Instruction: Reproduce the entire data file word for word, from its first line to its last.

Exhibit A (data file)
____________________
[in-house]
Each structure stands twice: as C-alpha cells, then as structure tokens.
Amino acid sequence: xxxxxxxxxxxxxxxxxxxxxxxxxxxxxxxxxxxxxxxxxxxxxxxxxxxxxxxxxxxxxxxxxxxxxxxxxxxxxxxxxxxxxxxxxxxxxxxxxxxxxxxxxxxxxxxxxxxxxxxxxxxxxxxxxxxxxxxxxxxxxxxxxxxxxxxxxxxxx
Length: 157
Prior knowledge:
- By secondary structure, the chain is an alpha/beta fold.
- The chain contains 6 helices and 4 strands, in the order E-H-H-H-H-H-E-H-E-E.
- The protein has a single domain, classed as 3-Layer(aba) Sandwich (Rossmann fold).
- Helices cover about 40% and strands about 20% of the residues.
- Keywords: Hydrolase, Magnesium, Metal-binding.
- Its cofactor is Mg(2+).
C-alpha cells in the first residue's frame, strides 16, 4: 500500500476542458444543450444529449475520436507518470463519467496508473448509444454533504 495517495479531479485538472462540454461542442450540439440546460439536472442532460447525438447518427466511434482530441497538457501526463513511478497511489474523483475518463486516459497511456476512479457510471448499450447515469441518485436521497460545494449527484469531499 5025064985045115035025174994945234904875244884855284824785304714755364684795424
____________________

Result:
[in-house]
Each structure stands twice: as C-alpha cells, then as structure tokens.
Amino acid sequence: xxxxxxxxxxxxxxxxxxxxxxxxxxxxxxxxxxxxxxxxxxxxxxxxxxxxxxxxxxxxxxxxxxxxxxxxxxxxxxxxxxxxxxxxxxxxxxxxxxxxxxxxxxxxxxxxxxxxxxxxxxxxxxxxxxxxxxxxxxxxxxxxxxxxxxxxxxxxx
Length: 157
Prior knowledge:
- By secondary structure, the chain is an alpha/beta fold.
- The chain contains 6 helices and 4 strands, in the order E-H-H-H-H-H-E-H-E-E.
- The protein has a single domain, classed as 3-Layer(aba) Sandwich (Rossmann fold).
- Helices cover about 40% and strands about 20% of the residues.
- Keywords: Hydrolase, Magnesium, Metal-binding.
- Its cofactor is Mg(2+).
C-alpha cells in the first residue's frame, strides 16, 4: 500500500476542458444543450444529449475520436507518470463519467496508473448509444454533504 495517495479531479485538472462540454461542442450540439440546460439536472442532460447525438447518427466511434482530441497538457501526463513511478497511489474523483475518463486516459497511456476512479457510471448499450447515469441518485436521497460545494449527484469531499 5025064985045115035025174994945234904875244884855284824785304714755364684795424